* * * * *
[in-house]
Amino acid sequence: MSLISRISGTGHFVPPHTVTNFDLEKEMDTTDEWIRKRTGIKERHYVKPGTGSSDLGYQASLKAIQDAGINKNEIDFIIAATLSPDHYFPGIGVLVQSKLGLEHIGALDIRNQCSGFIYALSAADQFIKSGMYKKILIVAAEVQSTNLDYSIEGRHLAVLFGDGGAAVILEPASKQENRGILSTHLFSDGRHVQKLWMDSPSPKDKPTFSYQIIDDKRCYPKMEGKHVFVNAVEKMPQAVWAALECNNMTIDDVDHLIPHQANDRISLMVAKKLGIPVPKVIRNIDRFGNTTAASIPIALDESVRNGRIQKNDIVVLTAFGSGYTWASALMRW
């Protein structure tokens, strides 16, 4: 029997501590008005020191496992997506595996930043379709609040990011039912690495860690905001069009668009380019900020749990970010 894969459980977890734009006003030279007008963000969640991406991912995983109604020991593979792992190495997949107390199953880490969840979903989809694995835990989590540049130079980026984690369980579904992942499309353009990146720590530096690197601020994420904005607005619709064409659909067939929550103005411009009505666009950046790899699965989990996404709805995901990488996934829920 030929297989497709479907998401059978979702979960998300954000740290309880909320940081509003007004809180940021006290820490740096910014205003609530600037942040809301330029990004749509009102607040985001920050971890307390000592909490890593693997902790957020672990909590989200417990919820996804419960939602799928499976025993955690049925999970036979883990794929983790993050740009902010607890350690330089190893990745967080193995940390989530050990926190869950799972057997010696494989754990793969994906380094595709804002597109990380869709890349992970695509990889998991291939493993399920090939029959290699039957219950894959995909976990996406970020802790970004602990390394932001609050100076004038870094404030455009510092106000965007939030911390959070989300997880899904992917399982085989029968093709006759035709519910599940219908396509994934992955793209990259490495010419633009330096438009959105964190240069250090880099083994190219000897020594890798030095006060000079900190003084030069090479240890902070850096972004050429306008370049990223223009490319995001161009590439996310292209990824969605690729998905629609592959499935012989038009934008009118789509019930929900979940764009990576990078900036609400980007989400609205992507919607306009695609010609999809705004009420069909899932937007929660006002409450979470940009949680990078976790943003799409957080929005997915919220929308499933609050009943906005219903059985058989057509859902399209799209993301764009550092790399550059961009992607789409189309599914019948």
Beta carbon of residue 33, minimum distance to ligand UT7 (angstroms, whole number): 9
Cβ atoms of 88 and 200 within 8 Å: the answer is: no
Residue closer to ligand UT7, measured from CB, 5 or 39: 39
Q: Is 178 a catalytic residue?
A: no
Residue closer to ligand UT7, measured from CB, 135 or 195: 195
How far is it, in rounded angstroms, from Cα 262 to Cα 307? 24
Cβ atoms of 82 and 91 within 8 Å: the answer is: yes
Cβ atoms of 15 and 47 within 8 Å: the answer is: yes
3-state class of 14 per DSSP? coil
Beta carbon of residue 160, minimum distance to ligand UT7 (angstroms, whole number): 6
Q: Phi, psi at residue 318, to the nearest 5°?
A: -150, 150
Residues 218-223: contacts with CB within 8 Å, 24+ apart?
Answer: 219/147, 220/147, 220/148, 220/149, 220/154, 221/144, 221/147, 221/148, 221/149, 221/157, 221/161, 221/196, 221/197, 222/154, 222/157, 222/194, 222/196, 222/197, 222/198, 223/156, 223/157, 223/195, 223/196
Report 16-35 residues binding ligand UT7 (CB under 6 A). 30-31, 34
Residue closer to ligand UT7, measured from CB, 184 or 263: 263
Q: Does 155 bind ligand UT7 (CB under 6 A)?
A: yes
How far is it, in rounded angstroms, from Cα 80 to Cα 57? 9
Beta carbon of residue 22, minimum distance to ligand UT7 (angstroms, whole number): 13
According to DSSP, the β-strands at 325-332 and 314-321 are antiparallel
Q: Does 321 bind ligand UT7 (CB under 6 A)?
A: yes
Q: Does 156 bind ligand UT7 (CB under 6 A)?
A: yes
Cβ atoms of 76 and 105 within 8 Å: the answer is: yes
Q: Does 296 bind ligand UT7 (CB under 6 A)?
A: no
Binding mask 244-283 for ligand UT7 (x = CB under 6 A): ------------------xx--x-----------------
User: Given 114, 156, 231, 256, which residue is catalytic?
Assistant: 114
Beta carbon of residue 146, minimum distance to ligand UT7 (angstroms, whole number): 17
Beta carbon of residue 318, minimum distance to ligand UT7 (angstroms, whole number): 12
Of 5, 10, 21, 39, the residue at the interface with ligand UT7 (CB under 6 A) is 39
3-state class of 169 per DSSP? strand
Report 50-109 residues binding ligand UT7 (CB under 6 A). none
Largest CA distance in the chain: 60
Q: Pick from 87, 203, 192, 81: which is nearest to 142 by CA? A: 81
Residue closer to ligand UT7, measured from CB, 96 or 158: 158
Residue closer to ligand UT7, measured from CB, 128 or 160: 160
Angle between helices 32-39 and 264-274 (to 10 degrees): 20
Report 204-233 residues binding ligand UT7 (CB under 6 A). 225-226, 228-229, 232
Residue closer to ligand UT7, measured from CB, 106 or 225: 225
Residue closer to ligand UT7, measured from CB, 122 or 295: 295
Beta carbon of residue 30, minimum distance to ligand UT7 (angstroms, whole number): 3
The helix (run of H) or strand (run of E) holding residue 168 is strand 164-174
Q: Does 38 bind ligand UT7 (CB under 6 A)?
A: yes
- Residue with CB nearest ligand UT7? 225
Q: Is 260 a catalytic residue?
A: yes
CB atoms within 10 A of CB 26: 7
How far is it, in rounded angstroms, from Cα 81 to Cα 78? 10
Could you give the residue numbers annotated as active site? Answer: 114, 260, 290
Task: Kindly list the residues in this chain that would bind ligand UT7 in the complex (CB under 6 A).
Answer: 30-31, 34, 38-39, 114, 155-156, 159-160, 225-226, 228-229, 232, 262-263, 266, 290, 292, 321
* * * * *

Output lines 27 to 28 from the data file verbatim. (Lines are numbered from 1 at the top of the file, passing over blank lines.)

A: yes
Q: Does 156 bind ligand UT7 (CB under 6 A)?